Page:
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A ‘Far Broader’ BOLO List?
Some IRS storytelling deserves additional scrutiny in Washington.

Acting IRS commissioner Danny Werfel

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Eliana Johnson

The scandal involving the IRS’s discrimination against conservative groups seems to grow more dizzying by the day.

Acting IRS commissioner Danny Werfel on Monday told reporters that the now-infamous “Be On The Lookout” list was far broader than originally disclosed in the Treasury Department inspector general’s report. News accounts in outlets such as the Associated Press and Bloomberg News supported Werfel’s claim, indicating that terms on the list ran the gamut, politically speaking, from “tea party” to “progressive” and “occupy,” and even to groups whose applications included the word “Israel.”

A November 2010 version of the list obtained by National Review Online, however, suggests that while the list did contain the word “progressive,” screeners were instructed to treat progressive groups differently from tea-party groups. Whereas they were merely alerted that a designation of 501(c)(3) status “may not be appropriate” for progressive groups — 501(c)(3) organizations are prohibited from conducting any political activity — they were told to send applications from tea-party groups off to IRS higher-ups for further scrutiny. 

That means the applications of progressive organizations could be approved by line agents on the spot, while those of tea-party groups could not. Furthermore, the November 2010 list noted that tea-party cases were “currently being coordinated with EOT” — Exempt Organizations Technical, a group of tax lawyers in Washington, D.C. Those of progressive organizations were not.

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To Werfel’s account, add the testimony of Holly Paz. The highest-ranking official interviewed by the House Oversight Committee to date, Paz did not contend that the lookout list was politically inclusive. Rather, she told committee investigators that the use of the term “tea party” to flag applications was politically neutral. Paz, who served as the director of the IRS’s Office of Rulings and Agreements before she was put on administrative leave earlier this month, told committee investigators that “tea party” merely served as shorthand for an application for tax exemption from any group, conservative or liberal, that showed a potential for political intervention. “It’s like calling soda ‘coke’ or, you know, tissue ‘Kleenex.’ [Line agents] knew what they meant, and the issue was campaign intervention.”

Paz continued, “The criteria didn’t seem to limit what side of the issue,” according to an interview transcript reviewed by National Review Online. “There was a variety of different political persuasions amongst the groups that were you know, whose applications were in this bucket of cases.”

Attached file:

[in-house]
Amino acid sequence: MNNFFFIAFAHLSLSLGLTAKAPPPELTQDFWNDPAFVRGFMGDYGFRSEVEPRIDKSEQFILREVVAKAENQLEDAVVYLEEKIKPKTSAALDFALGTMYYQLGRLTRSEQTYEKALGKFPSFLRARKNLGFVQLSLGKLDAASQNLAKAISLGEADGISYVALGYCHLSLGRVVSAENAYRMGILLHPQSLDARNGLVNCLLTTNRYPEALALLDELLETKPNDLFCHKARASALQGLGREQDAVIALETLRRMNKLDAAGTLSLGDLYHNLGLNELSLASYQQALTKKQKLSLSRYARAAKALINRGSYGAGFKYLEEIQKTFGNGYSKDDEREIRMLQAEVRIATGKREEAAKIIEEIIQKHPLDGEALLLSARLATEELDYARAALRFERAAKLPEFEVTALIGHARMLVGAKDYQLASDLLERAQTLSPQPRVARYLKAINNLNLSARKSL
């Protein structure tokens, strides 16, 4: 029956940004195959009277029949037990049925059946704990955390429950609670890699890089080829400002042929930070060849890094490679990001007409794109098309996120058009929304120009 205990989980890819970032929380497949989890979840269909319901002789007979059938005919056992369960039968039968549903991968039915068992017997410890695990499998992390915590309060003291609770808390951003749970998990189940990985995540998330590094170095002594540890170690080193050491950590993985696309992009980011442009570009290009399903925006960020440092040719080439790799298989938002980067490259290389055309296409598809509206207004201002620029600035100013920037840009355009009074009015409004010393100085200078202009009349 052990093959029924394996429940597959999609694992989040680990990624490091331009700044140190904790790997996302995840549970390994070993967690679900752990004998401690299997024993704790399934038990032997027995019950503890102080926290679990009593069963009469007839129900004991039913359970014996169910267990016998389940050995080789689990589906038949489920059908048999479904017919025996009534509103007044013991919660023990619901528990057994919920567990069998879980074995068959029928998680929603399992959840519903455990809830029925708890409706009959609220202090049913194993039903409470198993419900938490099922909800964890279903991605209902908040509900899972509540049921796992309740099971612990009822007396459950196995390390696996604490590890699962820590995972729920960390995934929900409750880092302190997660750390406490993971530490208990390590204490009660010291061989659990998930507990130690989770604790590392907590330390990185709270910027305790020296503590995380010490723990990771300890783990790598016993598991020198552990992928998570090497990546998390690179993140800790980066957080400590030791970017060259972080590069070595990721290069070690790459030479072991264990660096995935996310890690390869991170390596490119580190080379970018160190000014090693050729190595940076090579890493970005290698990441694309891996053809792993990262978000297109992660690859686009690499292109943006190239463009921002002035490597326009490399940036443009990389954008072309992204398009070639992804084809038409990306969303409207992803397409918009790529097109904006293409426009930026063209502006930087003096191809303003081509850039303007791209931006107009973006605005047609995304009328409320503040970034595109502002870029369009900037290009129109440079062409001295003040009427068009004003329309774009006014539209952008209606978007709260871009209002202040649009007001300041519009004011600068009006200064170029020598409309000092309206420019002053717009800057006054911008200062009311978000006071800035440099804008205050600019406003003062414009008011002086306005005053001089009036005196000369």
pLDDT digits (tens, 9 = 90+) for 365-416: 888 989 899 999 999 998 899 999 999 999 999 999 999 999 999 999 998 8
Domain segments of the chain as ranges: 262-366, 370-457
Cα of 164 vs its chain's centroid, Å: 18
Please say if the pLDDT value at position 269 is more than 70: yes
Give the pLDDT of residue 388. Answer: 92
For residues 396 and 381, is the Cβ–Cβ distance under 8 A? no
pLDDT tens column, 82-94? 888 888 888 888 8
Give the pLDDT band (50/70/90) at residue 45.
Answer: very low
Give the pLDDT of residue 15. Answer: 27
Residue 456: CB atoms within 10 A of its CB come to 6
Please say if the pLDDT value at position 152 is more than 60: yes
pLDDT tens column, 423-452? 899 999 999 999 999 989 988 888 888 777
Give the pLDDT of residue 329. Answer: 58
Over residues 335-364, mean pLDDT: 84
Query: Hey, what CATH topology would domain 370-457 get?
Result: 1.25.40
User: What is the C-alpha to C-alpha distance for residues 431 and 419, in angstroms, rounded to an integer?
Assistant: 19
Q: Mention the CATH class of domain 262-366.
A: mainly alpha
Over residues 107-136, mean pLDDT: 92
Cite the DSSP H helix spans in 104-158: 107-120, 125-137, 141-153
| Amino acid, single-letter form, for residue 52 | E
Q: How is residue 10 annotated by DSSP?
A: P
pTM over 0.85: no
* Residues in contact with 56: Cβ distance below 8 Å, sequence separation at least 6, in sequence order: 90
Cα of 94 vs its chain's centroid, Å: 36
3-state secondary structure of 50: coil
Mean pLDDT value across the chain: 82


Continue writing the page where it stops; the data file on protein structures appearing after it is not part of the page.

Her testimony, however, stands in stark contrast to that of Cincinnati IRS agent Elizabeth Hofacre, who handled all tea-party cases between April and August 2010. Hofacre told investigators that she understood “tea party” to be a proxy for conservative and Republican groups; she said she sent back the applications of liberal groups for general processing.  

Paz testified that she became aware of the tea-party cases in February 2010, when she recommended that the first case identified by screeners be elevated to IRS headquarters in Washington, D.C., for consideration. Later that year, she was presented with a list of 40 tea-party cases under scrutiny.

Paz insisted, however, that liberal groups were flagged in this process, too. The “lookout list” generated by officials in Cincinnati alerted screeners to flag, for example, groups that “criticize how the government is being run.” When investigators asked Paz if “groups that believe the government should be run more like Europe is run” would be included in that group, she responded, “Yes, that’s correct.”

In the course of Paz’s testimony, she also revealed much about how the IRS has responded internally to this scandal. We know that the director of Exempt Organizations, Lois Lerner, now on administrative leave, ordered what she deemed to be objectionable language on the infamous lookout list to be changed in June 2011. Yet in January 2012, it was changed back to something resembling its original, politically discriminatory form. Paz identified for investigators the three individuals responsible for making that change, and said that not only have they not been reprimanded, but that two of the three have been promoted.

Paz took part in an internal IRS investigation, completed in May 2012, that reached conclusions similar to those outlined in the Treasury Department inspector general’s report released in mid-May of this year that the agency was improperly targeting conservative groups but neither she nor her superiors informed Congress of those findings, which the IRS has never made public.

And by Paz’s account, the IRS has done little to correct the problems that allowed that targeting to continue unabated for almost two years. How will the agency ensure in the future that cases don’t languish for years, as those of so many tea-party groups did, and as many still are? Managers, she told the House committee, will be “exercising increased managerial oversight with regard to the timeliness of cases and holding their employees accountable.” If they are held as accountable as the employees who fiddled with the lookout list, this is not reassuring. How will the agency prevent employees from sending intrusive questionnaires, akin to the ones so many tea-party groups received? Now, according to Paz, “an assigned expert in Washington” will review all letters. That, in fact, is how the original intrusive questionnaires originated. 



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